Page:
|Chekhov by Serov|
I never realised Chekhov had a squint.
I've always had a soft spot for people with a squint, especially in women. 'What else did she want, that witch with a very slight squint in one eye?' (from Bulgakov's novel The Master and Margarita, tr. by Michael Glenny).
But Chekhov! The great playwright and humourist, the master of short story who is always portrayed, in paintings and photographs, hiding behind his trademark pince-nez on!
In this portrait dated 1903 (watercolour, paper), Valentin Serov, a great portraitist (he is famous for the portrait of Shaliapin among others), removes the pince-nez and tucks it inside Chekhov's waistcoat at the bottom of the picture, as though saying, there, he is not a sad narrator of decline, doom and gloom, look, he is a bubbly, fun loving man.
Serov met Chekhov in 1900 and immediately started asking him to sit for a portrait. He even tried to ambush him at home, sending a visiting card saying that he will drop by with some paper and pencils. It didn't happen and Chekhov agreed to sit only months later.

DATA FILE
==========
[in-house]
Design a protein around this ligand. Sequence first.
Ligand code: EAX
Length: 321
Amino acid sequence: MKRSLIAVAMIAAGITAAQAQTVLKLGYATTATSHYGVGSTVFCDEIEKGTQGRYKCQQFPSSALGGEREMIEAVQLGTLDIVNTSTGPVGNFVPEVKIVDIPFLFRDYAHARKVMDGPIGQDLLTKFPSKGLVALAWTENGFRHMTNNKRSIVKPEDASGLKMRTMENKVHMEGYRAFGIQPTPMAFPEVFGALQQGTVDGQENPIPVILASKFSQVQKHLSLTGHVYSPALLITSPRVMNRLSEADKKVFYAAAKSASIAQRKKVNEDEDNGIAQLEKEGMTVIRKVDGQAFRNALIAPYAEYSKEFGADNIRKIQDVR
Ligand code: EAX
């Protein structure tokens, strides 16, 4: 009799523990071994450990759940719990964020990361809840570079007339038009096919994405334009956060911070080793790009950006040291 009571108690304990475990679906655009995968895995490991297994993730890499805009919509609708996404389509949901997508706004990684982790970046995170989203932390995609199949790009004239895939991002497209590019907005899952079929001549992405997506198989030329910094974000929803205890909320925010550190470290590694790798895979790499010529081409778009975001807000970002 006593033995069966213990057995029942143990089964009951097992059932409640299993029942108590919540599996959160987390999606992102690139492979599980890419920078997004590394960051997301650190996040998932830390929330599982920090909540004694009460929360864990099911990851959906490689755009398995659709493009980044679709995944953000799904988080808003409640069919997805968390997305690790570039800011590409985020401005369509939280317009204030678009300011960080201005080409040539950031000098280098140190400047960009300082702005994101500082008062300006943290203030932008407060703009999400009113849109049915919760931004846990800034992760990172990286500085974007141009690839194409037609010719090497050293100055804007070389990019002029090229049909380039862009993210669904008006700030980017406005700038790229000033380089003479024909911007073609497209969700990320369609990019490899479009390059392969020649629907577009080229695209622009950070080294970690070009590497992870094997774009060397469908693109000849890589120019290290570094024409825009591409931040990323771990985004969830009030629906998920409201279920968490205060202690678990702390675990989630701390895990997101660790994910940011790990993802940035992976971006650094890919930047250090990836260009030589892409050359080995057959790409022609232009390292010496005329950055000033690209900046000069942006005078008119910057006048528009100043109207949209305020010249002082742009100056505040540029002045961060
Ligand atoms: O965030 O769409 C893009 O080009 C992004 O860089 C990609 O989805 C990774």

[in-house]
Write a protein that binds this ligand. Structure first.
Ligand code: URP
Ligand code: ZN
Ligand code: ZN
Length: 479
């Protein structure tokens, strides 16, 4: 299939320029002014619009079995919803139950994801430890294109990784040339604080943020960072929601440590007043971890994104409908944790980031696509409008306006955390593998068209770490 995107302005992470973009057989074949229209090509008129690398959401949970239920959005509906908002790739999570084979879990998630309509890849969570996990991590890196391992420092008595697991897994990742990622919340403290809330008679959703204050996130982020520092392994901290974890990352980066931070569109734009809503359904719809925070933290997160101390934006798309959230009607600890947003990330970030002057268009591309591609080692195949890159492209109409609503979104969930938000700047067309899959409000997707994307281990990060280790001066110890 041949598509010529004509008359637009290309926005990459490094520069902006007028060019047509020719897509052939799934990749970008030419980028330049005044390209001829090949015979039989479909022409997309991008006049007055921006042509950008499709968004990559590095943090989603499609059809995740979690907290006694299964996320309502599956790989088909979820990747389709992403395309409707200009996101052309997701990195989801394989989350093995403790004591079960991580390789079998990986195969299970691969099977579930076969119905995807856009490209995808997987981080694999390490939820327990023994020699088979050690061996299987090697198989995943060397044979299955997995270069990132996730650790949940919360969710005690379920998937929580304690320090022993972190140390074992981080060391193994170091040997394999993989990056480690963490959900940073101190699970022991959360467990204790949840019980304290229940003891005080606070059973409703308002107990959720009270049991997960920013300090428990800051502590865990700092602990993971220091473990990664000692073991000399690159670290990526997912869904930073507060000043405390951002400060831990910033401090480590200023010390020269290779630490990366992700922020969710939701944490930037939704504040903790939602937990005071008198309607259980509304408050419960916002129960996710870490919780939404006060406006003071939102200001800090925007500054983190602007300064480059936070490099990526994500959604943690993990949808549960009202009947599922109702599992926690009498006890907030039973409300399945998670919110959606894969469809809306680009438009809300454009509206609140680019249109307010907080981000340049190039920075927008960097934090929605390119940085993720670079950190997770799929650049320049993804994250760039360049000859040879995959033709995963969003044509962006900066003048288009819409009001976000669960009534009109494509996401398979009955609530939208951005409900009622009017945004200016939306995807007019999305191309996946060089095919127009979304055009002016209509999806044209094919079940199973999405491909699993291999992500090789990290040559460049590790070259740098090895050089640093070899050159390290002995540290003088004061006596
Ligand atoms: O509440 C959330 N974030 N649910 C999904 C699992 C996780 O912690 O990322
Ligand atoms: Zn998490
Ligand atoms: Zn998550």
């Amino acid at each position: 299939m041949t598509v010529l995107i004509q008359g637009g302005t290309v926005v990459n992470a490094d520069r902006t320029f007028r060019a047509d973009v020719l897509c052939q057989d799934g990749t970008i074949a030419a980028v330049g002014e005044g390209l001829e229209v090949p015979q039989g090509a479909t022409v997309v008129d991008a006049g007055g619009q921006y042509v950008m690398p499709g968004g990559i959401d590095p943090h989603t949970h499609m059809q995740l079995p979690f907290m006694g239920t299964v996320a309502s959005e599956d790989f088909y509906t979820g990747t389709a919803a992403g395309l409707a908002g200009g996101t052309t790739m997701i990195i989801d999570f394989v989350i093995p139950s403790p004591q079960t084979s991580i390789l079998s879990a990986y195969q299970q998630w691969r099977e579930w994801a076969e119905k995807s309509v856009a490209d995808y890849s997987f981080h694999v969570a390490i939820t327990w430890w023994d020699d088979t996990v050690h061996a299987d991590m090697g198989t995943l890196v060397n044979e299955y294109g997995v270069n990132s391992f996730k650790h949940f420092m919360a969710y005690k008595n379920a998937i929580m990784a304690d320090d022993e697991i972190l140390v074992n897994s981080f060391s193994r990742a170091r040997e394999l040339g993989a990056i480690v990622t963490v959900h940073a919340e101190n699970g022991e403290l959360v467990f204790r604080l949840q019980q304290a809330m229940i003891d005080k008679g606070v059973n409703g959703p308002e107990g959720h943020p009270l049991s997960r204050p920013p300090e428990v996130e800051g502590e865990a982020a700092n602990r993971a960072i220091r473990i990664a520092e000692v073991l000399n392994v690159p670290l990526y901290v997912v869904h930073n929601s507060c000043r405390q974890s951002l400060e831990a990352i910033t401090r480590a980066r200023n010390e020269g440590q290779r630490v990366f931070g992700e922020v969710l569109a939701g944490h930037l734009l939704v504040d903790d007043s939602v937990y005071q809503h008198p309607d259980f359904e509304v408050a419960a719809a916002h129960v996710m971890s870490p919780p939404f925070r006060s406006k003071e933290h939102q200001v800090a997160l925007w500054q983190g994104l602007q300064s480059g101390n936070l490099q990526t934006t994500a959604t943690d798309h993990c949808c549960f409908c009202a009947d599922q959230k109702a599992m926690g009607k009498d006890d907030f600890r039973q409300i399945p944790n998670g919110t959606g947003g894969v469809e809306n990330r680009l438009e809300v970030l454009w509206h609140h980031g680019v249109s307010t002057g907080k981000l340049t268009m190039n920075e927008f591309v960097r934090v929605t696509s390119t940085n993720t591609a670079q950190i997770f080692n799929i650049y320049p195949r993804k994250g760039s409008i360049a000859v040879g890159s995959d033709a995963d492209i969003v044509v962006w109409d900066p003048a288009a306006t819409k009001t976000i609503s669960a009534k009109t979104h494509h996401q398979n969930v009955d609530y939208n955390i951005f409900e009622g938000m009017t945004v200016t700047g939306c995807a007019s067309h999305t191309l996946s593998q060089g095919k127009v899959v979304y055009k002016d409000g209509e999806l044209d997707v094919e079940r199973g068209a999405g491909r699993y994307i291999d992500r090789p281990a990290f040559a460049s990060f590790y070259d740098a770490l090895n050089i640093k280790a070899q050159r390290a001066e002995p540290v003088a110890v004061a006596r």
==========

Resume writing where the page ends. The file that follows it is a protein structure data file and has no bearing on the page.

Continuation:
Although the portrait is usually dated as of 1903 Chekhov actually sat for Serov in the Spring of 1901. After a few sittings the writer left for Crimea and never had a chance to pose for the portrait again. Serov considered the work unfinished, a study, but apparently had to give up of ever catching Chekhov again. "Chekhov is elusive," admitted Serov.
In 1904 the writer died.
(source: article by T.Yu.Novoselova, teaching scholar, Chekhov Central Public City Library, Taganrog, Russia)